A pedestrian walks by City Hall on June 7, 2017. (Alex McCarthy | Juneau Empire File)

A pedestrian walks by City Hall on June 7, 2017. (Alex McCarthy | Juneau Empire File)

City mulls tough budget calls

Uncertainty raised by state budget leads to discussion of possible alternatives, funding sources

  • By Michael S. Lockett Juneau Empire
  • Friday, July 19, 2019 5:32pm
  • NewsLocal News

The city of Juneau is trying to figure out how to adapt its budget given proposed cuts in the state budget by Gov. Mike Dunleavy.

Committee of the Whole members on Monday night discussed several local programs and projects that will be affected, including proposed renovations to Centennial Hall, the New JACC and scheduled school maintenance and repair.

Sayéik: Gastineau Community School, Dzantik’i Heeni Middle School and Riverbend Elementary School are all scheduled for roof repairs in the coming years, according to Kristin Bartlett, chief of staff for the Juneau School District.

[New estimates are in: Here’s how much it would cost to fix Centennial Hall and fund the New JACC]

Other proposed programs with ongoing costs that could be affected by funding gaps include the city’s waste management program, early childhood programs and the project to build a new city hall, according to Finance Director Bob Bartholomew.

“This requires more research,” Bartholomew said. “I can’t say with much clarity tonight,” referring to being unsure of the exact levels of funding the final state budget may provide when approved.

The largest possible variance in the city budget is caused by the low and high estimates for costs of repairing and maintaining school buildings. With state assistance, that cost is about $11 million; without state assistance, it balloons to about $46 million.

Other major capital investment projects include the proposed New JACC, renovations for Centennial Hall, a parking lot near the State Office Building and a new city hall. Low estimates for the cost of all these one-time investments could be as low as $19.5 million, according to the finance department’s projections provided by Bartholomew. High-end estimates, assuming less state support and less public donations for projects like the New JACC, could be as high as $35.5 million.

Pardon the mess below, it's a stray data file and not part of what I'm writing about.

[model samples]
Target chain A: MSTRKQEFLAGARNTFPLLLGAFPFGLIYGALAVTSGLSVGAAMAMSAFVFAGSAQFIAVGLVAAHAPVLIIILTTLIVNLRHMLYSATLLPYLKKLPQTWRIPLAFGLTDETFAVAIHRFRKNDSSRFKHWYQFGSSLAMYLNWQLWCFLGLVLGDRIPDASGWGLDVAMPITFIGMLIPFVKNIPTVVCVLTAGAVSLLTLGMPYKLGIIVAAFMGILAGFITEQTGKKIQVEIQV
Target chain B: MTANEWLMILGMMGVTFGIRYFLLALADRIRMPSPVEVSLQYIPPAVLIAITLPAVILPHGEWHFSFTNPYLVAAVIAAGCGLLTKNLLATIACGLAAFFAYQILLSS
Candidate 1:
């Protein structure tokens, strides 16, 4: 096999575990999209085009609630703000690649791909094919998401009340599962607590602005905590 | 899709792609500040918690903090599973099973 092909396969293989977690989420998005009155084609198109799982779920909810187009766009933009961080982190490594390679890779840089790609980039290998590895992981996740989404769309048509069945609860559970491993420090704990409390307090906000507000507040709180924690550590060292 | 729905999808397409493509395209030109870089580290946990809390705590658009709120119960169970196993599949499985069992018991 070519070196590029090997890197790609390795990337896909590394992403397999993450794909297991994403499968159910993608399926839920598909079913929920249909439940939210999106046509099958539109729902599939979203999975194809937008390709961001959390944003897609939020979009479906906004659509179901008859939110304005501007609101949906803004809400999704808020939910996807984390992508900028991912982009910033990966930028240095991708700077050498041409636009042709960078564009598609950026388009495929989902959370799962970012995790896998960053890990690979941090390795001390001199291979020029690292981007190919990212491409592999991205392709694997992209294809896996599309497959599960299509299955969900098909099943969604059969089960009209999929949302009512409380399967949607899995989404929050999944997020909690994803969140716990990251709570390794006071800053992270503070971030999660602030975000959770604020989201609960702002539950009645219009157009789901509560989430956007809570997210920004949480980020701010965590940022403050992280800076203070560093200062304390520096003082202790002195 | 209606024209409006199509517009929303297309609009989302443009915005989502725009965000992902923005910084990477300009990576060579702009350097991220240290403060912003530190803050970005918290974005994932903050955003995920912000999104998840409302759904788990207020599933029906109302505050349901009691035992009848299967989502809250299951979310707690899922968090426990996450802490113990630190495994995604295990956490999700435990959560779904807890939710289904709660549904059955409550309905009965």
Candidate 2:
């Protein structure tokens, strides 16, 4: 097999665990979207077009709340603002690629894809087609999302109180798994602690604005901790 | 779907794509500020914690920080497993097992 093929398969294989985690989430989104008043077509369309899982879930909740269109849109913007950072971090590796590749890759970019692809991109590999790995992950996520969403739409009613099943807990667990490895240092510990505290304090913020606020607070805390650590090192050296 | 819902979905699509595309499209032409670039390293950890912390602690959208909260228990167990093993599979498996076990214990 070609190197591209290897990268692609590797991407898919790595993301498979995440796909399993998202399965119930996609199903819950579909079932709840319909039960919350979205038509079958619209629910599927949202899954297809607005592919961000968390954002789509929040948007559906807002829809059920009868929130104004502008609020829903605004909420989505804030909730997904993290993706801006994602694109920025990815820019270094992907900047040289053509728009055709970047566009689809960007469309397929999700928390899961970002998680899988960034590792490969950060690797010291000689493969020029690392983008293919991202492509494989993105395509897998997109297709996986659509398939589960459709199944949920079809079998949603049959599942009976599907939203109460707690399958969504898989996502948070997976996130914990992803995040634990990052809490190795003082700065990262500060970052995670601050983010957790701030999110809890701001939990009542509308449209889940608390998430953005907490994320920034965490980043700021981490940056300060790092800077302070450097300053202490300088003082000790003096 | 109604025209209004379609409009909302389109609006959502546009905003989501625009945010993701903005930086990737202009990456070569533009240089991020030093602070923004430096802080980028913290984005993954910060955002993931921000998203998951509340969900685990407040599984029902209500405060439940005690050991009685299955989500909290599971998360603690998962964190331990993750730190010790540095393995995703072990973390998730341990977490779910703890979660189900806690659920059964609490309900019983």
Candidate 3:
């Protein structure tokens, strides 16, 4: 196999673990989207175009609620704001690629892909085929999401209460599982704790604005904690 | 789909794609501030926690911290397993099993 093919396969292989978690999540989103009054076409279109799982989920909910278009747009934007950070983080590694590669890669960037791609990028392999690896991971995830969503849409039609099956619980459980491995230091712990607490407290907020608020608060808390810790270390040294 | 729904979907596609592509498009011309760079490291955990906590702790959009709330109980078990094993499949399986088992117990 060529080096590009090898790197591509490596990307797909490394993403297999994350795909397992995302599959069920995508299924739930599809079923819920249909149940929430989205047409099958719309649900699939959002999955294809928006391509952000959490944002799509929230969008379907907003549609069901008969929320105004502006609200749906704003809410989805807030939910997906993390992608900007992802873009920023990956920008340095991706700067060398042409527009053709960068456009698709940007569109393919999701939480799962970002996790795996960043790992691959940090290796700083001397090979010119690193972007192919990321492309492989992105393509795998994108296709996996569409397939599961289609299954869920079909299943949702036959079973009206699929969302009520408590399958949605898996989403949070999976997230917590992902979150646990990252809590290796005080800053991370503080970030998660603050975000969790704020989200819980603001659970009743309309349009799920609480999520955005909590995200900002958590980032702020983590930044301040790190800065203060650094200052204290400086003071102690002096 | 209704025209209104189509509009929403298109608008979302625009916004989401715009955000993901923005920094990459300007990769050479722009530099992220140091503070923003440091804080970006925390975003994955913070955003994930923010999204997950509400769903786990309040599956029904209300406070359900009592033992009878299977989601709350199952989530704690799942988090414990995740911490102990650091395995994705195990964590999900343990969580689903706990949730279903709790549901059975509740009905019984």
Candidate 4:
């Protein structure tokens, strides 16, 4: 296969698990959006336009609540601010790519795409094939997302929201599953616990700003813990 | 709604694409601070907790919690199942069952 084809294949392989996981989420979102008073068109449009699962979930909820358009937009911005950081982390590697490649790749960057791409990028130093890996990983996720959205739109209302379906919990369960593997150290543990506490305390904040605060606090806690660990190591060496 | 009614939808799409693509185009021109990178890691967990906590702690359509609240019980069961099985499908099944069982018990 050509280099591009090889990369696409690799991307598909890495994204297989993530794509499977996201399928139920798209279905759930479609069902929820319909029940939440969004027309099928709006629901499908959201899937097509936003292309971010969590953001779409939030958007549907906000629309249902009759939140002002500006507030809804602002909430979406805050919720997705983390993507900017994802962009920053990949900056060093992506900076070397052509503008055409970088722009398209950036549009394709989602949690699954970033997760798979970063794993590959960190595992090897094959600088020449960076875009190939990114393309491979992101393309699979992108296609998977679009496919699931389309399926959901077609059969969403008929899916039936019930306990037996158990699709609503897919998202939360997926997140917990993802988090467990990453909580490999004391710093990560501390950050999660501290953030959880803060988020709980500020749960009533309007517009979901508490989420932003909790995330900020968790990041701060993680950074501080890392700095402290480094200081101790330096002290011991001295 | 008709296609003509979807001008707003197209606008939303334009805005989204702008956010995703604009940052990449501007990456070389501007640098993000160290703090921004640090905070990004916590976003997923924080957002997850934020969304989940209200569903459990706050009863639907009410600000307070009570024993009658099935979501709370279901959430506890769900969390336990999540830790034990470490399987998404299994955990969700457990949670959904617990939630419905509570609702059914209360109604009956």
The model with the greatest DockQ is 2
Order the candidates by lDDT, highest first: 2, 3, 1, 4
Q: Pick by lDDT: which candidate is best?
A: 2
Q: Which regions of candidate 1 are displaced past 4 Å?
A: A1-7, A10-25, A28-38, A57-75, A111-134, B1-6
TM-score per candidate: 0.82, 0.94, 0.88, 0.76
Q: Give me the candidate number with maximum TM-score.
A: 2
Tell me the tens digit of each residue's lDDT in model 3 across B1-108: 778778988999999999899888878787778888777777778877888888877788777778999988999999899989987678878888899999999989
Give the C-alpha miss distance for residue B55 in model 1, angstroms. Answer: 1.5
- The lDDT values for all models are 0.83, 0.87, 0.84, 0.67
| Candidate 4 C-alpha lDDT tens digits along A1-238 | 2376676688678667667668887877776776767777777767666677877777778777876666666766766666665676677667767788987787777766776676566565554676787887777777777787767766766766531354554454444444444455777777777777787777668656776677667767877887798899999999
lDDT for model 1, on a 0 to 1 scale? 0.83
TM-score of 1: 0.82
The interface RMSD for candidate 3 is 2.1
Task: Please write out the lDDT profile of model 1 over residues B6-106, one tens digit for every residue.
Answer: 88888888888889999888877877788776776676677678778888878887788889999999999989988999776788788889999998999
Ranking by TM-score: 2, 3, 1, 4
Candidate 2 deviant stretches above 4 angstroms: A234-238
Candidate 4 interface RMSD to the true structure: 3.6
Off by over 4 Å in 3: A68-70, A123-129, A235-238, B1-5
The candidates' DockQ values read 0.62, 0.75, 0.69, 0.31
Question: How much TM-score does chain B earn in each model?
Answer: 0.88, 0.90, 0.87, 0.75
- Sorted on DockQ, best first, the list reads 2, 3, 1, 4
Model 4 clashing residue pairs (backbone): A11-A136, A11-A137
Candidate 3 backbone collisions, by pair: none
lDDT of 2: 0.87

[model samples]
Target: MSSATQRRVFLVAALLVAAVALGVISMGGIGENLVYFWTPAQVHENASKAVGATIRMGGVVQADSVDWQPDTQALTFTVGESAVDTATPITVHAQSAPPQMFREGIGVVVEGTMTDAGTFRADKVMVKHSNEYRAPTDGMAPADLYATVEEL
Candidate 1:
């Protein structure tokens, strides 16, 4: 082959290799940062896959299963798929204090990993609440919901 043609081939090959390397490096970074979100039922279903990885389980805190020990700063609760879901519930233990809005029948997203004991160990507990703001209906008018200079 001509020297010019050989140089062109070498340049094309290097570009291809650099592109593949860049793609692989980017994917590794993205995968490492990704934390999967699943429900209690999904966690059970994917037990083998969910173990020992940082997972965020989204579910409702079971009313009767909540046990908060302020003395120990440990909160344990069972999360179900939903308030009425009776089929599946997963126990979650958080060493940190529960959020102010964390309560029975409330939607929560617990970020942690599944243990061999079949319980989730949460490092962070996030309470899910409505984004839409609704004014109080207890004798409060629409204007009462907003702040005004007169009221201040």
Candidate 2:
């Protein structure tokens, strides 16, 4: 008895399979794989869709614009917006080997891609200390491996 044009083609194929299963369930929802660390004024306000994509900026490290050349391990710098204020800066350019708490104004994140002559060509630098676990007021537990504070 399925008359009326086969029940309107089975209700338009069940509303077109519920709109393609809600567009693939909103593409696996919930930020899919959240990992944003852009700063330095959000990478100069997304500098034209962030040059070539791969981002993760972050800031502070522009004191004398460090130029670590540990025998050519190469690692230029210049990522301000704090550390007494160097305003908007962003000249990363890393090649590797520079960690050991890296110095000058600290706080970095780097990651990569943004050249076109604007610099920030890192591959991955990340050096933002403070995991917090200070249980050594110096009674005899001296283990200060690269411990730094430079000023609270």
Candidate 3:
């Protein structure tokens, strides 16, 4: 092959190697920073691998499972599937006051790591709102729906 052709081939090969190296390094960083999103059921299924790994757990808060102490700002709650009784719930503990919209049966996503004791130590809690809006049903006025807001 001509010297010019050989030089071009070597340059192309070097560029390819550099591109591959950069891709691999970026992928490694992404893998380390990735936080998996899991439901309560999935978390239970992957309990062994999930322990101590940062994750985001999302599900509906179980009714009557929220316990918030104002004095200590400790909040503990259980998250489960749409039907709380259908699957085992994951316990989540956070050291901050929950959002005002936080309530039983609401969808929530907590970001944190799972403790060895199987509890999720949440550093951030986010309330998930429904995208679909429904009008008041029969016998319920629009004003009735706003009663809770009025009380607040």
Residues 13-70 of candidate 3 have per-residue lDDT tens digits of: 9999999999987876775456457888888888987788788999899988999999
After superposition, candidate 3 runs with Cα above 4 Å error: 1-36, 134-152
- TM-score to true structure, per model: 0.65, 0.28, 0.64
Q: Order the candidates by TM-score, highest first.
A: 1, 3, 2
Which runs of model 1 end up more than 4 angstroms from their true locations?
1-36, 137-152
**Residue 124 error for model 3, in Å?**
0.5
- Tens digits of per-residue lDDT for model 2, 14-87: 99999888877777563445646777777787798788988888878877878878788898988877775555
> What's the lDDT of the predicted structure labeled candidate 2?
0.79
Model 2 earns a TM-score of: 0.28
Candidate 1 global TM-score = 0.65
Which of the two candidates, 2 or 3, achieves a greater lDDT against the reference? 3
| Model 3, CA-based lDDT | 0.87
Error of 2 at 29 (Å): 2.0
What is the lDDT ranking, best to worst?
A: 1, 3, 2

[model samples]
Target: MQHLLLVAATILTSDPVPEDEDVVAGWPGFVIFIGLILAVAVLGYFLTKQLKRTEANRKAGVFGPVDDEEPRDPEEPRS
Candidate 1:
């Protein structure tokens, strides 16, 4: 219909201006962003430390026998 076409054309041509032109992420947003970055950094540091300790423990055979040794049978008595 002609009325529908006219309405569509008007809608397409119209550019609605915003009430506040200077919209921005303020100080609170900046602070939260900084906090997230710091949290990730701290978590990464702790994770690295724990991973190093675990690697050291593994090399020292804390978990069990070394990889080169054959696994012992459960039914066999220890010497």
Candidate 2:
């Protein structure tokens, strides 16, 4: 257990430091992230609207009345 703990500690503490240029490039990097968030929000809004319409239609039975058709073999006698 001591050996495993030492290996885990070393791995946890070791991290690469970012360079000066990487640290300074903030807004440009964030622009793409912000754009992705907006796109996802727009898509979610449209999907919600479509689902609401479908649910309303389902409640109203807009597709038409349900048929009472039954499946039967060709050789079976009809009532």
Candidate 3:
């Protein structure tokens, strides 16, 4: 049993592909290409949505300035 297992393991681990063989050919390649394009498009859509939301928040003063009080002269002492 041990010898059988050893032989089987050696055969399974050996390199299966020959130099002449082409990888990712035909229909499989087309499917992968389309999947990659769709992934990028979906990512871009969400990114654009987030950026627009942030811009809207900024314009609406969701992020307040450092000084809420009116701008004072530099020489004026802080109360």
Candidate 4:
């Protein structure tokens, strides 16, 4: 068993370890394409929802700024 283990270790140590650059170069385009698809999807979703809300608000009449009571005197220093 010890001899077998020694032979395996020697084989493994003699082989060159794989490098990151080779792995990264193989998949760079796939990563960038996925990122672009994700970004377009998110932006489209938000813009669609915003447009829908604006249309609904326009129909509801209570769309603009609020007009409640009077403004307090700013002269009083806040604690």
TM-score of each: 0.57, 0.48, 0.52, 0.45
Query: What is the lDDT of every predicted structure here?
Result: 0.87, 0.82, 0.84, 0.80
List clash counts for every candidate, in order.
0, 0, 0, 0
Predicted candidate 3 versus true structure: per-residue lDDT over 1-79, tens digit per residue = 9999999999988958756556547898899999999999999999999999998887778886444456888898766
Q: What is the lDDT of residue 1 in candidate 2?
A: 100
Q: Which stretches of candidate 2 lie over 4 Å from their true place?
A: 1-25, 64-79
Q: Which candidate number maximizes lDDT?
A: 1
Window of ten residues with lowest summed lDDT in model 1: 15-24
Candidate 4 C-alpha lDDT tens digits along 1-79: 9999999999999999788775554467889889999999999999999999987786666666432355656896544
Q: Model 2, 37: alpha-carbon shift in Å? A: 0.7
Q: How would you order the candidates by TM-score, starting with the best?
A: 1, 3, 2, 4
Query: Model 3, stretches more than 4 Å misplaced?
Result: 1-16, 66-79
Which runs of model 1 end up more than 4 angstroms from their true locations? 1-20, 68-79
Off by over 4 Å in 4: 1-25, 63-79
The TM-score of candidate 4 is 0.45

[A renovated Centennial Hall could look like one of these options]

There were a number of calculations for ways to offset the possible budget gaps, according to Bartholomew. Some are as simple as increasing the sales tax by 1 percent for four years, or reallocating parts of the current budget, both of which would generate roughly $4 million. Other potential funding sources include raising the region’s motor vehicle registration tax (MVRT), one of the lowest in the state, by between $45-$90, depending on the vehicle.

“It’s not a proposal, it’s just a calculation,” said Bartholomew, while discussing potential funding sources.

He added that this isn’t the first time Juneau’s budget has had a hole that needed balancing, referring to four-five years ago. A series of hard decisions may be ahead, said Bartholomew, but the city has made those before and come out floating.

“We still have time from introducing to passing,” said Deputy Mayor Maria Gladziszewski, but decisions need to be made or more meetings of the Committee of the Whole may be necessary. Any ordinances that they decide to introduce will need to be done by the July 22 meeting so they can be heard on Aug. 19 in a public hearing.

Centennial Hall, left, and the Juneau Arts and Culture Center on Tuesday, July 2, 2019. (Michael Penn | Juneau Empire)

Centennial Hall, left, and the Juneau Arts and Culture Center on Tuesday, July 2, 2019. (Michael Penn | Juneau Empire)

New JACC Ordinance

Municipal Attorney Robert Palmer III also had a number of proposals for a possible ordinance specifically to partially fund the New JACC. The current JACC, a former Alaska National Guard Armory built when the ANG was created at the adoption of statehood, has functioned as an arts center for more than a decade, but it’s aging.

According to Palmer, research by the New JACC Partnership, a nonprofit dedicated to the replacement of the old JACC, the majority of the $26.4 million construction budget will flow directly into the local economy. The $26.4 million capital cost is based on a study by the McDowell Group, a local consulting group. The New JACC is already more than 20 percent funded, standing at roughly $5.4 million, according to the Partnership for the New JACC.

Palmer wrote a number of drafts for the possible ordinance, which called for different things, including putting forth a public vote to authorize a grant; authorizing a set amount of general obligation bonds and calling for a vote; increasing the hotel-motel room rental tax from 7 to 12 percent; and amending the sales tax code to exempt transient residential rentals from the general 5 percent sales tax. All of these would require a vote before being enacted.


• Contact reporter Michael S. Lockett at 523-2271.


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